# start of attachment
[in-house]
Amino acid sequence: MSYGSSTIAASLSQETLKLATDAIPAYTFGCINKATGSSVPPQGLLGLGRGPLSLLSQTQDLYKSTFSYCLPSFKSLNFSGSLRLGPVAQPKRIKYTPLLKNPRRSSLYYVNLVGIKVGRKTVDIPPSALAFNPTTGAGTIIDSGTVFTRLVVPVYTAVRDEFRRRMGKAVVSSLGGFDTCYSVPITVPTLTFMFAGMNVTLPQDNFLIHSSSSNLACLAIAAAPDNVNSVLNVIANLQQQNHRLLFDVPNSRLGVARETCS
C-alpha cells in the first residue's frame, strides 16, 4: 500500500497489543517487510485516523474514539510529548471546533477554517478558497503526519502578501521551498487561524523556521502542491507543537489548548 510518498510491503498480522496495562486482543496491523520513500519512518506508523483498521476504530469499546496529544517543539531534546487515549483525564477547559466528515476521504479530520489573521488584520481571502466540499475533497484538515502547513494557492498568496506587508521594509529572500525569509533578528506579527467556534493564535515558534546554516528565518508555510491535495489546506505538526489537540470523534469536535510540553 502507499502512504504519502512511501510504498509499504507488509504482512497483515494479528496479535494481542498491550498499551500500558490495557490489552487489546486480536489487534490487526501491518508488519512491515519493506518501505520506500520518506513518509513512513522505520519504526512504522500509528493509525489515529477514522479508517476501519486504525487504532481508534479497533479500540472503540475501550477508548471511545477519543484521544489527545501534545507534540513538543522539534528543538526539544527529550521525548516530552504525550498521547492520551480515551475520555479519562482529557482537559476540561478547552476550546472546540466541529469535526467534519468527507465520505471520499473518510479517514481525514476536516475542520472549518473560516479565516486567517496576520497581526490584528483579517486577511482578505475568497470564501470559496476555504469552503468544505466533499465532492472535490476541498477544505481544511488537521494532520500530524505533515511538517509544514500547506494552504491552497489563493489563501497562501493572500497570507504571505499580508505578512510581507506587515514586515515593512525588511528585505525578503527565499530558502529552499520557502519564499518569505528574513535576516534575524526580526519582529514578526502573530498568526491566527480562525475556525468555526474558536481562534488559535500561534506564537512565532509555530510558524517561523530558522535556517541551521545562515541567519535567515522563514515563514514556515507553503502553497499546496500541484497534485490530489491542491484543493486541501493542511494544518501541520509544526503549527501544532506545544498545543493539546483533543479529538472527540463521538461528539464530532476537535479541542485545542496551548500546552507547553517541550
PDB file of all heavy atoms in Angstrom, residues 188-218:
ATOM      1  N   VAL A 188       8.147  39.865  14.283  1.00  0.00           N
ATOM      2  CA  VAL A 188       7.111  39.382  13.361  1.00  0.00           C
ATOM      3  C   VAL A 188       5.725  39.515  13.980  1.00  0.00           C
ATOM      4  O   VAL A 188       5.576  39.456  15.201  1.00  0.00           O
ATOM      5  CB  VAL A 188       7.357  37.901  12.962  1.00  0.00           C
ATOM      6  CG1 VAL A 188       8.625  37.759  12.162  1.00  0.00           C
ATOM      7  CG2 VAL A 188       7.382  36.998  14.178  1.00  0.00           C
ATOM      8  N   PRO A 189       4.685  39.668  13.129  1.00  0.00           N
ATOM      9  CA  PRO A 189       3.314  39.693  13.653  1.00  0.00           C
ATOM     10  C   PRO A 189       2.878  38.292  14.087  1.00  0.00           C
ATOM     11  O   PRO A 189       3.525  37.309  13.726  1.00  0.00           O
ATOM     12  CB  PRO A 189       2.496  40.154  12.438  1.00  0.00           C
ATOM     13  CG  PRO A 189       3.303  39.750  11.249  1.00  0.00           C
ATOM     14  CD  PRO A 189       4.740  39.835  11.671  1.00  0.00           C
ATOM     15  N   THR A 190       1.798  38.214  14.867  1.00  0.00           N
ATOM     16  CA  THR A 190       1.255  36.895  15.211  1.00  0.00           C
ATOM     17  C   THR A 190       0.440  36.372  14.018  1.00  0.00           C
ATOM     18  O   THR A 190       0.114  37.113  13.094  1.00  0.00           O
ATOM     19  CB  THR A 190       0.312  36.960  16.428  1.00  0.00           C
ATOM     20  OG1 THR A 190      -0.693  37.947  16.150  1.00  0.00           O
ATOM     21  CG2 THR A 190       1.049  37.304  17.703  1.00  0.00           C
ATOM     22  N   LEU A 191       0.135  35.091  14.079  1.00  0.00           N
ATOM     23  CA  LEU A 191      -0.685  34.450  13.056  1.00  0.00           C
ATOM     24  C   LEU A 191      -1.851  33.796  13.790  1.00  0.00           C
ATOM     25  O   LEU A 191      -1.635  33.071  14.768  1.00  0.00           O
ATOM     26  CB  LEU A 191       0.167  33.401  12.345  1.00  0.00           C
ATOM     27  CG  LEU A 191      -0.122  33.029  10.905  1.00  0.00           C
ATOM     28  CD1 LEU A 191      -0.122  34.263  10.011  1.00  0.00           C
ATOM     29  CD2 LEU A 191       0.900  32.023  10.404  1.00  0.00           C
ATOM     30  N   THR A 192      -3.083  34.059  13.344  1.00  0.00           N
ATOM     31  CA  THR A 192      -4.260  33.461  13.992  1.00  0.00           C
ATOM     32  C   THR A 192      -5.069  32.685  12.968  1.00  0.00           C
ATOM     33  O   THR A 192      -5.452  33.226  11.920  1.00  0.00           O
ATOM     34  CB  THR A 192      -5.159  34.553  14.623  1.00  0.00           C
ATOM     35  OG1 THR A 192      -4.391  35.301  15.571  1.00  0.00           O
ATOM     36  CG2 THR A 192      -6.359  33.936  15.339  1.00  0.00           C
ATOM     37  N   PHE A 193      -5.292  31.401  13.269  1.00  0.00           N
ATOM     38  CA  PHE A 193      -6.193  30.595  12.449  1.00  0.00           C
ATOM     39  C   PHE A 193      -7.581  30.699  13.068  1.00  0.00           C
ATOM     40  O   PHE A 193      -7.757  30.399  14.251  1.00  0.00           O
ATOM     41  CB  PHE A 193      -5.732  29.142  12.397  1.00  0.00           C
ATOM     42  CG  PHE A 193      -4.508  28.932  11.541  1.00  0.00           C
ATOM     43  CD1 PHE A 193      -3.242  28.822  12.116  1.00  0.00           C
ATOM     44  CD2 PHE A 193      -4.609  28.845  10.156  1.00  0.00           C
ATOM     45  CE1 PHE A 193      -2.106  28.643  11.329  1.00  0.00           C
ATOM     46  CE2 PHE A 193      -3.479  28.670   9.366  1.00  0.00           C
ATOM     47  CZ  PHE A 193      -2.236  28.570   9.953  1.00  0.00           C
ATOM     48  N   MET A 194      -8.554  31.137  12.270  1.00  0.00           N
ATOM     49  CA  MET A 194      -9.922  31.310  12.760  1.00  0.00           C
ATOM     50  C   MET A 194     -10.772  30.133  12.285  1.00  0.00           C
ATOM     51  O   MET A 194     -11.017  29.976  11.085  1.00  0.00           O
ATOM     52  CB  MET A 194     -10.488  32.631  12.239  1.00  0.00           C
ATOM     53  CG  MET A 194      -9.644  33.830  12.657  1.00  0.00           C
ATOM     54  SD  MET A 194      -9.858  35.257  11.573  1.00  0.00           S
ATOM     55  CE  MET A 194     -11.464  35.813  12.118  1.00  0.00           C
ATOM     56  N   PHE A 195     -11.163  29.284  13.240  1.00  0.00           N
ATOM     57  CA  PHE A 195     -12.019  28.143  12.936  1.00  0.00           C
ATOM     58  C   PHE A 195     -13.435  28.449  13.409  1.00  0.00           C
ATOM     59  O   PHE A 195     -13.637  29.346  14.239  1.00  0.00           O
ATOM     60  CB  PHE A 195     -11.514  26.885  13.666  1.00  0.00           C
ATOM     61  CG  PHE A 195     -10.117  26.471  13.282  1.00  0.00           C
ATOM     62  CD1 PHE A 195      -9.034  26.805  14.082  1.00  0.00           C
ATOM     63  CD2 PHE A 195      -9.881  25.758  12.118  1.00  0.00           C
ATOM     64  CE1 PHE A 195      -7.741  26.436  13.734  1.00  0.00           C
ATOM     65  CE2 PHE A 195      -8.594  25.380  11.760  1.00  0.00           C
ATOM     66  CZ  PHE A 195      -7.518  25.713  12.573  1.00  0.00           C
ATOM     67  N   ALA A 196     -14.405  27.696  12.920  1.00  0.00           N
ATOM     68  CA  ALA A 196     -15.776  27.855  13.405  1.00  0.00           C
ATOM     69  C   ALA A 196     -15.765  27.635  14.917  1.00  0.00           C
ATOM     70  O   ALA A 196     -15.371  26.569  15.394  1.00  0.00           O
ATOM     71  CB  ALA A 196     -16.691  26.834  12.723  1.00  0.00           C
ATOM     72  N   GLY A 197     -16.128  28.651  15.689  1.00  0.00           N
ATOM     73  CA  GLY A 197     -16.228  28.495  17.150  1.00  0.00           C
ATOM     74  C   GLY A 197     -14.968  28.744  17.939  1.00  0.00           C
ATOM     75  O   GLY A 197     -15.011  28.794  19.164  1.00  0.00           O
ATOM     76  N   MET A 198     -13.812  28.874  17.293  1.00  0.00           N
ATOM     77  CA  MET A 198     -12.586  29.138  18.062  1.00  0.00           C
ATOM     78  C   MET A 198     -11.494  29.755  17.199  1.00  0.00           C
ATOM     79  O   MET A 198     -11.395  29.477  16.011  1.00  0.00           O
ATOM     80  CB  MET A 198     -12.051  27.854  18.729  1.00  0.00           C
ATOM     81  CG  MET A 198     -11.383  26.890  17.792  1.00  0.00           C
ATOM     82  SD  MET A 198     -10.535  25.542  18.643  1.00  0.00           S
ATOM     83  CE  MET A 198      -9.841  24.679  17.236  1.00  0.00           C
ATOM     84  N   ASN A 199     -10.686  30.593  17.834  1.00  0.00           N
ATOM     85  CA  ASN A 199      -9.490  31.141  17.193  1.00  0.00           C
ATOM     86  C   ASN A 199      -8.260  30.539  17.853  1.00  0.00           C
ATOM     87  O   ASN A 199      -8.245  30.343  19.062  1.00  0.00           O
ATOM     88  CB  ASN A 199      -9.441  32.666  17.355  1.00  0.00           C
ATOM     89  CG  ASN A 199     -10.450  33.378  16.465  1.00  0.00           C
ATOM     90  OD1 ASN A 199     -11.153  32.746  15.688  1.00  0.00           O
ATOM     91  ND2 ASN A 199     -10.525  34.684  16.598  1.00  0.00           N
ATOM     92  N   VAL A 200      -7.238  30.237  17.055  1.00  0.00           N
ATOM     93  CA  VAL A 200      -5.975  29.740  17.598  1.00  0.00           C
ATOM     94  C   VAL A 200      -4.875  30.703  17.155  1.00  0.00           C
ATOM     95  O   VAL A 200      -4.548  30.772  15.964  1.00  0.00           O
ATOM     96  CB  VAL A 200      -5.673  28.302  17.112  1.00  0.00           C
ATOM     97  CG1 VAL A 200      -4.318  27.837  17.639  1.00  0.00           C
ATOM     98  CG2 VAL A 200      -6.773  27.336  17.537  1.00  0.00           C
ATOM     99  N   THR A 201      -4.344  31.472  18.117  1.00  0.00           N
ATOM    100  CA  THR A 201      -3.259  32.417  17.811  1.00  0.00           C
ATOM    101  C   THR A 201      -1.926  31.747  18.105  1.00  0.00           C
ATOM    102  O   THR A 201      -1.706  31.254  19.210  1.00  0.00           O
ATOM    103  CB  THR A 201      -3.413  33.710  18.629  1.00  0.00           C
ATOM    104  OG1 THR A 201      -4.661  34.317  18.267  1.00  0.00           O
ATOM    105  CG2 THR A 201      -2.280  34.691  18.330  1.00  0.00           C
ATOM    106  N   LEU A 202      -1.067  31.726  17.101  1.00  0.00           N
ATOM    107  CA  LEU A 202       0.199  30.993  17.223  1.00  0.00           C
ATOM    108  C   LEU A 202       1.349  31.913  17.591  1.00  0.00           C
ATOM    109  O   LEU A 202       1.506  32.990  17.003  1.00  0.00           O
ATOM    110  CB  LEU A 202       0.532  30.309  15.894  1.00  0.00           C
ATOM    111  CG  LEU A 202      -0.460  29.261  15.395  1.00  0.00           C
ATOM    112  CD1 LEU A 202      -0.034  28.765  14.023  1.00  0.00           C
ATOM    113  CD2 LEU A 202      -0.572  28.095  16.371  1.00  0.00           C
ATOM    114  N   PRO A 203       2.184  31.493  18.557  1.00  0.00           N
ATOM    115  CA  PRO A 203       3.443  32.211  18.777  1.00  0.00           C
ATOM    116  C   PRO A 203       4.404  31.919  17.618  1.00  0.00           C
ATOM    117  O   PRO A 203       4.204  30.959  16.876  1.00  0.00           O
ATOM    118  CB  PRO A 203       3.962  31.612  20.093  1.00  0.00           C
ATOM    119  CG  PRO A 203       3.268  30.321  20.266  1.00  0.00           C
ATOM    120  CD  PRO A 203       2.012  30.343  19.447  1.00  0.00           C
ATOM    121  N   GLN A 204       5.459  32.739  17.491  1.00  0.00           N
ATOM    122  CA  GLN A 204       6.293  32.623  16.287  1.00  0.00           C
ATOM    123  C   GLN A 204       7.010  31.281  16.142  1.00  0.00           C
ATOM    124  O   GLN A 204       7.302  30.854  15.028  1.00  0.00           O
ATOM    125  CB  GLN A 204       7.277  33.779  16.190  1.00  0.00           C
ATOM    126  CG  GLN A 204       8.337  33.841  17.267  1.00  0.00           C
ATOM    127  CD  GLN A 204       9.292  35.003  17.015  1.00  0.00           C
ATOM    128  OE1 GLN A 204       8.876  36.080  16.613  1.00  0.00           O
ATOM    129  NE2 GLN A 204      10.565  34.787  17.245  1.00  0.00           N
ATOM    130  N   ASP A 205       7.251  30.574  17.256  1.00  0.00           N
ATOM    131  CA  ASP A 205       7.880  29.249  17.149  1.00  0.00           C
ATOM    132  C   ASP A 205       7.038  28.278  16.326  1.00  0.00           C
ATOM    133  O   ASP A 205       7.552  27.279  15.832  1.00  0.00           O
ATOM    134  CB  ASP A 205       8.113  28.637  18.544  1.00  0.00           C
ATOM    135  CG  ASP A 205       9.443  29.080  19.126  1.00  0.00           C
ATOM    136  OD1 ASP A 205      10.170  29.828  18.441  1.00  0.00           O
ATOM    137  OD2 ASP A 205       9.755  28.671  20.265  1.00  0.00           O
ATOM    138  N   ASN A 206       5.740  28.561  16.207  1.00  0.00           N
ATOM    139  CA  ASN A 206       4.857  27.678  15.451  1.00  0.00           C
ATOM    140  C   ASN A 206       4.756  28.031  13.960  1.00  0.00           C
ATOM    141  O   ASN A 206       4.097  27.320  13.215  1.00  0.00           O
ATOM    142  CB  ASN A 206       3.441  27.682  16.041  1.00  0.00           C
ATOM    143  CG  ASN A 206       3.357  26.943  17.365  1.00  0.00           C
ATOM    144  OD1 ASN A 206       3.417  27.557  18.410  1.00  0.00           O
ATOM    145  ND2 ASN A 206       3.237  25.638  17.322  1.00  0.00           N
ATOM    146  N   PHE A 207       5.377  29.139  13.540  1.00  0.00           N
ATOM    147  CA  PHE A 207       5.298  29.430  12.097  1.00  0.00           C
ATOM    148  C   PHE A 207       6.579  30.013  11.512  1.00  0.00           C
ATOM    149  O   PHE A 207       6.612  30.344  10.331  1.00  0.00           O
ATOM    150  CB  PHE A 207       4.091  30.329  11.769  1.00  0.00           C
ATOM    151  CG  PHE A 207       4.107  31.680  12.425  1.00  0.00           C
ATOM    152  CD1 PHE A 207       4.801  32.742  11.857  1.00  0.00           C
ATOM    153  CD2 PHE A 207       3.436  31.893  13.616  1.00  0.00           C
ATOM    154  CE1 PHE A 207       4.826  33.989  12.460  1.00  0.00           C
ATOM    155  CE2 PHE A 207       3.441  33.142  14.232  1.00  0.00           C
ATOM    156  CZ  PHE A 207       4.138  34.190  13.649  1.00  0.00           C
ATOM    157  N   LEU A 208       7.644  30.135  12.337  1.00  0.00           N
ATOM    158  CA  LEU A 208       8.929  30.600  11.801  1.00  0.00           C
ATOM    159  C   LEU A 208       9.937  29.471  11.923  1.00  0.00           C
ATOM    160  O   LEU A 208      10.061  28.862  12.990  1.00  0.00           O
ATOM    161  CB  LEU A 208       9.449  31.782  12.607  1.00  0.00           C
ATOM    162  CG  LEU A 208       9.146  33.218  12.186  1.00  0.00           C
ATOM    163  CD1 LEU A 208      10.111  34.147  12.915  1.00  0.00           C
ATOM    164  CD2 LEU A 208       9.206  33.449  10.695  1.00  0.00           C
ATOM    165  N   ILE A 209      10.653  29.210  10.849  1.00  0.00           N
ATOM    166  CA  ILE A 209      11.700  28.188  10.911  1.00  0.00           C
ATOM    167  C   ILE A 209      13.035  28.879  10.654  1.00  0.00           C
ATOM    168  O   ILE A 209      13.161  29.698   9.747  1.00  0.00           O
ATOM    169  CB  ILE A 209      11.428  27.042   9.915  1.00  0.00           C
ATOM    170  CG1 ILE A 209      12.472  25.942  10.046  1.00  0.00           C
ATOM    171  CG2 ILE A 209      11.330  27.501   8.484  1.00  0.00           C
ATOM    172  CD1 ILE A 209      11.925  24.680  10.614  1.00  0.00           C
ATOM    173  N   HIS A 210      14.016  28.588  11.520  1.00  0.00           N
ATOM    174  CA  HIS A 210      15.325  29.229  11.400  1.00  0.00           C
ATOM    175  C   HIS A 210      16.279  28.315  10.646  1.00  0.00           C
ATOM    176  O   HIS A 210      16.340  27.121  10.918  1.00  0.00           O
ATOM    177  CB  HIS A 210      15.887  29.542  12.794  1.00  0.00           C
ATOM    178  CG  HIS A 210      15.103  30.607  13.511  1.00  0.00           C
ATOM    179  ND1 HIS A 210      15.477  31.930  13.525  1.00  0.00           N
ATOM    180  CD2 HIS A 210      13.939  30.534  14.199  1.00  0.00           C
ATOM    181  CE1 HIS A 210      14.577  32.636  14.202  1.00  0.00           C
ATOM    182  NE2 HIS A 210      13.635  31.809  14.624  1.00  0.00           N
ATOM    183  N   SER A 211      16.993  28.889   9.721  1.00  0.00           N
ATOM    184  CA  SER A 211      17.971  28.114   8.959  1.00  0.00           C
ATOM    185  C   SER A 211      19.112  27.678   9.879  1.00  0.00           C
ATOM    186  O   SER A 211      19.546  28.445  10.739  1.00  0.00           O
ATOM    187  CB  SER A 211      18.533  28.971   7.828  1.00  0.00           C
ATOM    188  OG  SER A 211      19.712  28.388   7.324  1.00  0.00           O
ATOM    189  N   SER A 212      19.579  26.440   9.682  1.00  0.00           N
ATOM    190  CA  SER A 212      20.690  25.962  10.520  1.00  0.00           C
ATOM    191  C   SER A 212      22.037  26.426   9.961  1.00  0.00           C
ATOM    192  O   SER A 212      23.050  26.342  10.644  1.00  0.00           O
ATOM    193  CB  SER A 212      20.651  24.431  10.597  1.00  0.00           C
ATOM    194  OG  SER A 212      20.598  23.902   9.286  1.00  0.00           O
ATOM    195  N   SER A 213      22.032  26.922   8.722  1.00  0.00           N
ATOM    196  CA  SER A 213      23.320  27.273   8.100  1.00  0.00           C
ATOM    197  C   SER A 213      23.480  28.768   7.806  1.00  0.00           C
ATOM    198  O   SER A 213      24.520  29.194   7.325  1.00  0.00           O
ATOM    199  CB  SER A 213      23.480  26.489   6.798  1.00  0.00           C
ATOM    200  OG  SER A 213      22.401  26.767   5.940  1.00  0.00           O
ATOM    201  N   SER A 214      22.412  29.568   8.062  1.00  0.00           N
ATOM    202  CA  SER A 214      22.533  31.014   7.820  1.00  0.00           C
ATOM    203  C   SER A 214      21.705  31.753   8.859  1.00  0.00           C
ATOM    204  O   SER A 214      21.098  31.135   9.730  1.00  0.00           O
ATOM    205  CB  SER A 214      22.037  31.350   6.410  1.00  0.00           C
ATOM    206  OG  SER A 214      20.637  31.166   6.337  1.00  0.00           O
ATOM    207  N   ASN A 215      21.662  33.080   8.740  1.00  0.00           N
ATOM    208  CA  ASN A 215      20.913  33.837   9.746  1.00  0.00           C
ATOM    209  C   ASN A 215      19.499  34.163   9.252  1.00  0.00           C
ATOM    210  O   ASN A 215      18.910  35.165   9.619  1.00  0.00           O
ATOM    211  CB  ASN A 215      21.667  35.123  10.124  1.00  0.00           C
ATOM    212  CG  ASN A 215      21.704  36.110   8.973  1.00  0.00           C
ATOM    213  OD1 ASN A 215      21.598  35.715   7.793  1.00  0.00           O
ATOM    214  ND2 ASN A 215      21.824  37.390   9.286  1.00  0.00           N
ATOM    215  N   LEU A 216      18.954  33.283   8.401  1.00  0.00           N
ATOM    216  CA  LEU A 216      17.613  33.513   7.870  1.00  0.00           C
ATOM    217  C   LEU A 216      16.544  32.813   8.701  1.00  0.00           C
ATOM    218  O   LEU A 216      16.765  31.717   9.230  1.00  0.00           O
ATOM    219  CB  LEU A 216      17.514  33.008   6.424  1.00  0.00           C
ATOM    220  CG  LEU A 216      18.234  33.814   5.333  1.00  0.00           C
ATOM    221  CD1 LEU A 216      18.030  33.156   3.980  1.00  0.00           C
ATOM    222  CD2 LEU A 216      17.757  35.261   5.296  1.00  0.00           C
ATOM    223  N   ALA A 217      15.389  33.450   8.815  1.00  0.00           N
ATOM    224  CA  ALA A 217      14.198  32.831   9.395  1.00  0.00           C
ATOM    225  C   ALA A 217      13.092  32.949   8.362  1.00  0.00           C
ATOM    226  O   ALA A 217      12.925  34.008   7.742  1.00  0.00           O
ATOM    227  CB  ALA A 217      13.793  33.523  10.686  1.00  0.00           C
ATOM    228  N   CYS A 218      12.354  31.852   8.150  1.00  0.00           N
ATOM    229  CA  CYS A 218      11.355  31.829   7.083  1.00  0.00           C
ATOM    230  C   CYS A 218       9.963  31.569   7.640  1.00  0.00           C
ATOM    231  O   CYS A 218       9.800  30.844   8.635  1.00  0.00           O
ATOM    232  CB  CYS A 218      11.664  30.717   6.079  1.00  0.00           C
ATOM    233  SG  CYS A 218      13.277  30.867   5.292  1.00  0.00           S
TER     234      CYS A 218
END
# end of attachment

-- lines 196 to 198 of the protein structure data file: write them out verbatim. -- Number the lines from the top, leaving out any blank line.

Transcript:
ATOM    192  O   SER A 212      23.050  26.342  10.644  1.00  0.00           O
ATOM    193  CB  SER A 212      20.651  24.431  10.597  1.00  0.00           C
ATOM    194  OG  SER A 212      20.598  23.902   9.286  1.00  0.00           O